How to ramp up the engagement effect

participateThe last time you went to a conference or other such event, what was the engagement like?

Were there lots of questions? Did people in the audience offer to share what they thought on a given topic or issue?

How engaging was it all?

There are many dynamics at play regarding what will make an event engaging – the speaker(s), the host and/or moderator as applicable, the event itself, the venue, whether the wifi works well and, last but certainly not least, overall content and specifically that of a given speaker.

I’d add another one – everyone’s commitment to participate.

If you’re an event host, why not try something a bit different at your event? Ask everyone  – speakers included – to take the participation pledge, something I experienced for the first time as the #TAGtribe event at Waggener Edstrom London last week, when moderator Andy Bargery asked everyone present to take that pledge:

I do solemnly swear,
to get involved,
not to sit on my hands,
to ask questions,
and to participate.

Listen to Andy’s call in the FIR Speakers & Speeches podcast of the event – he starts at about 2 minutes 45 seconds into the recording.

If you do it right, including injecting a little humour into your request, it can be powerful. Along with all the other elements I mentioned earlier, I think it had an effect on our event last week, reflected not only in the actual participation that happened but also in what people said about it, as you can see in Andy’s Storify curation at the end of this post.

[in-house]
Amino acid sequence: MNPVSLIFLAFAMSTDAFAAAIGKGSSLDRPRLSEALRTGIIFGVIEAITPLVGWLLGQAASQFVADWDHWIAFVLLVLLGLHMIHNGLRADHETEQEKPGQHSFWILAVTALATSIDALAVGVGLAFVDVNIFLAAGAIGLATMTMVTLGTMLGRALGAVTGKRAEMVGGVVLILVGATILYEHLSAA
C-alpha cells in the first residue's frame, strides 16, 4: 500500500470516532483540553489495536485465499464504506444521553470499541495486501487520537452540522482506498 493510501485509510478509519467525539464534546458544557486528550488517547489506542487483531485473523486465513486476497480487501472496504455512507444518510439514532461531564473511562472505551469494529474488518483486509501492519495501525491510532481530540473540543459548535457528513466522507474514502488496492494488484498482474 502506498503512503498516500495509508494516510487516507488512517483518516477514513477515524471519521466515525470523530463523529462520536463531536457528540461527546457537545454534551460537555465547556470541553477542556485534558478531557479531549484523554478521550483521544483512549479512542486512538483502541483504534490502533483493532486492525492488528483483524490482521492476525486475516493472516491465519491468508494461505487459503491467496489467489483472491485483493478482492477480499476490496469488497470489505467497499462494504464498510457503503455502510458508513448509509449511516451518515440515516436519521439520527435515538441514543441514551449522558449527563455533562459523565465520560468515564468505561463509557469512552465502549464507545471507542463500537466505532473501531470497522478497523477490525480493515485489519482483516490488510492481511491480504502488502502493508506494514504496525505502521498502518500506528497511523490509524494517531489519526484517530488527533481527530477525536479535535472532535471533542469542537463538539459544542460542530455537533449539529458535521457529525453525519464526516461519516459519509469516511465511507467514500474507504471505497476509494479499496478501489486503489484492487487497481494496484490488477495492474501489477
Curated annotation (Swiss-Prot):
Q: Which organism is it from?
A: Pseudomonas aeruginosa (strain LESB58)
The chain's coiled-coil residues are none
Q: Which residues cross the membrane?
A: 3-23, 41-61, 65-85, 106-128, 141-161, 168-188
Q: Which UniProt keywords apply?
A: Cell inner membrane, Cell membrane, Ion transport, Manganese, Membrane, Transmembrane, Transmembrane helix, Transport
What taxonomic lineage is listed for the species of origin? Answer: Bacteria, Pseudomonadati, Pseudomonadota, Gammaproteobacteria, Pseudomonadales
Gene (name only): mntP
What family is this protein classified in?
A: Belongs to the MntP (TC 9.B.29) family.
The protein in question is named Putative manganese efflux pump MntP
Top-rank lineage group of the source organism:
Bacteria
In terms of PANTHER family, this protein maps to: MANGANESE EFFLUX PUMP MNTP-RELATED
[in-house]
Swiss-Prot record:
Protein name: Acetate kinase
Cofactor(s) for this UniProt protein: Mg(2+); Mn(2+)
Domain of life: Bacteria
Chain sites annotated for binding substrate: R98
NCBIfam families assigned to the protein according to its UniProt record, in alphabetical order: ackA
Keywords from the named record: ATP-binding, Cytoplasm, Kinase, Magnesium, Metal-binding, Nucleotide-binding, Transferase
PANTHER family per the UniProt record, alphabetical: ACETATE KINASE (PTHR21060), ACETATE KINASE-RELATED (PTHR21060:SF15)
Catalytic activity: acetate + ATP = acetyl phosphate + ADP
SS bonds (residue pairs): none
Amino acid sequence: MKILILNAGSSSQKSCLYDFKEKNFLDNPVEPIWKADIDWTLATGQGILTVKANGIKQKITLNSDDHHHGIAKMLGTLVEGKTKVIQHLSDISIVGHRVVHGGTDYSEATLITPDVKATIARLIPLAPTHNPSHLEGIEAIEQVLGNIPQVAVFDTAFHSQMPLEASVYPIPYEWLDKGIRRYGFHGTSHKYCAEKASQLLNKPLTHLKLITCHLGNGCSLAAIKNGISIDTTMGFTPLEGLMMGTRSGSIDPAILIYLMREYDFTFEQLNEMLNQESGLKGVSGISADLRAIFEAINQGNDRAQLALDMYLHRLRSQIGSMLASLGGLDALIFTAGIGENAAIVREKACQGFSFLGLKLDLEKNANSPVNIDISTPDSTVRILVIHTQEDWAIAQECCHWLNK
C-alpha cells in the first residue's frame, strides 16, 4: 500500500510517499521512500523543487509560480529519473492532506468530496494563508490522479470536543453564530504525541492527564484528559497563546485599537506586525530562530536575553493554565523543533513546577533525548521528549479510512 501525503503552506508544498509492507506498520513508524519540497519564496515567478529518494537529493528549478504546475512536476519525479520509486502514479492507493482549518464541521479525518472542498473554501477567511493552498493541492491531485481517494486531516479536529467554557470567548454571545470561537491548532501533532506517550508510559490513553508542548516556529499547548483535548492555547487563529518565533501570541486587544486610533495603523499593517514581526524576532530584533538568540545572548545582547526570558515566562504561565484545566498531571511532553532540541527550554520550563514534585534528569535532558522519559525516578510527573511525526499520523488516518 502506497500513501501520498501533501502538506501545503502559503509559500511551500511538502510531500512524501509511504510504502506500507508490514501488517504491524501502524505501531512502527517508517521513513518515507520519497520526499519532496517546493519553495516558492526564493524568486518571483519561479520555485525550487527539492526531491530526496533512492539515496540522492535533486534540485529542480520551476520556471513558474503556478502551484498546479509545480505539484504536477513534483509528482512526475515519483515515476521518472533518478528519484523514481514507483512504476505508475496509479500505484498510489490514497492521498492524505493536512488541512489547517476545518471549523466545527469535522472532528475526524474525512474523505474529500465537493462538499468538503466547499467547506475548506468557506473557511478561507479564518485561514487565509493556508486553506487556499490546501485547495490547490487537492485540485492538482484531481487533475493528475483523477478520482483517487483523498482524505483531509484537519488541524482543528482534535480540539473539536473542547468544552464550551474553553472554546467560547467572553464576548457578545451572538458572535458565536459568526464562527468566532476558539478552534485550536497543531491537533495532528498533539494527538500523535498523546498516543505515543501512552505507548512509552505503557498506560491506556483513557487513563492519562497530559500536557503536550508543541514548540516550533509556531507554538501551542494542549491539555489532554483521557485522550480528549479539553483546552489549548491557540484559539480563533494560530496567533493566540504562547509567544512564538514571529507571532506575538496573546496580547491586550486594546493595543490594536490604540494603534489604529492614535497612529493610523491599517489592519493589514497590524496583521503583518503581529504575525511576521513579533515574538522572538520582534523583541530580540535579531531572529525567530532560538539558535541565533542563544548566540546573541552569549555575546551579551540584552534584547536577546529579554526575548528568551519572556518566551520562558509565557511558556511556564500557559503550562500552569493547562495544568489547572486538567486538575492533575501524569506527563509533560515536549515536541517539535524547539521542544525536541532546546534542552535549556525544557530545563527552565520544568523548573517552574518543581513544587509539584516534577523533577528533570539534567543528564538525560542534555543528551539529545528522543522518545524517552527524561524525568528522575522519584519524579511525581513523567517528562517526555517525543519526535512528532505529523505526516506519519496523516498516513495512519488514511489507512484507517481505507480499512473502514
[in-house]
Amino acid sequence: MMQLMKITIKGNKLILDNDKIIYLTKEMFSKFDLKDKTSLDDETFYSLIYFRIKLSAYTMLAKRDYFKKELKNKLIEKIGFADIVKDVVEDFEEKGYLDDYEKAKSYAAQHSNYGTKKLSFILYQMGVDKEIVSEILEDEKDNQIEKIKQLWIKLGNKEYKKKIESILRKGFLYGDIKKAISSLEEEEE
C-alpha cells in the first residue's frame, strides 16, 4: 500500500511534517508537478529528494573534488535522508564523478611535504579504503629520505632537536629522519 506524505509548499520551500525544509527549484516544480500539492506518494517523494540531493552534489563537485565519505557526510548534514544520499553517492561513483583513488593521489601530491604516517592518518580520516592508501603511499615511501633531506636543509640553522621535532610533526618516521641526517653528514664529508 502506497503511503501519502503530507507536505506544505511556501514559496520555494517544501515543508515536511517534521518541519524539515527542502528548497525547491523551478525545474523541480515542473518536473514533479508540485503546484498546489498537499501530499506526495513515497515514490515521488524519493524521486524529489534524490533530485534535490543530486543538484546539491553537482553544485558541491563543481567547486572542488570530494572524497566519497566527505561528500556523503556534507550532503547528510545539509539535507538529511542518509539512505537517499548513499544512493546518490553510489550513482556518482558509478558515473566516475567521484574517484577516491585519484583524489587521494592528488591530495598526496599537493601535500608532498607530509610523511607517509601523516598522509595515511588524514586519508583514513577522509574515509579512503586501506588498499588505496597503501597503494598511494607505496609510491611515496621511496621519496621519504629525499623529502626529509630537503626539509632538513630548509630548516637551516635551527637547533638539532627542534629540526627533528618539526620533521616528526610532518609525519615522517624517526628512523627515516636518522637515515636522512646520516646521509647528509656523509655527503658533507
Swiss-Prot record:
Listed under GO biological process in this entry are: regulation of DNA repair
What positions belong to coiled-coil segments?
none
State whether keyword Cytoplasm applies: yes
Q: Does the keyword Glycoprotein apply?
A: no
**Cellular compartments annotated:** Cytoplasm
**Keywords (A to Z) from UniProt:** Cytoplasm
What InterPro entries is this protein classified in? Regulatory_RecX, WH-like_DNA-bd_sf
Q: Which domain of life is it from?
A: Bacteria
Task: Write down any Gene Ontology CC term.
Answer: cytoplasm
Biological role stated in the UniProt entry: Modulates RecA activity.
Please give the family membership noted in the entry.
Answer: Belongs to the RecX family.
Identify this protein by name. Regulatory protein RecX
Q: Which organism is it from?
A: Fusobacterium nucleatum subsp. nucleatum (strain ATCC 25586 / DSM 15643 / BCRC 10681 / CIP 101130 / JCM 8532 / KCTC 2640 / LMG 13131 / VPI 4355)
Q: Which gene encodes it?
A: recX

Of course, our event last week was small, about 50 people, not a huge conference with hundreds.

Don’t let scale stop you, though. Think of the engagement effect your call to action can have, whether it’s a big public conference or a small internal workshop.

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Neville Hobson

Social Strategist, Communicator, Writer, and Podcaster with a curiosity for tech and how people use it. Believer in an Internet for everyone. Early adopter (and leaver) and experimenter with social media. Occasional test pilot of shiny new objects. Avid tea drinker.

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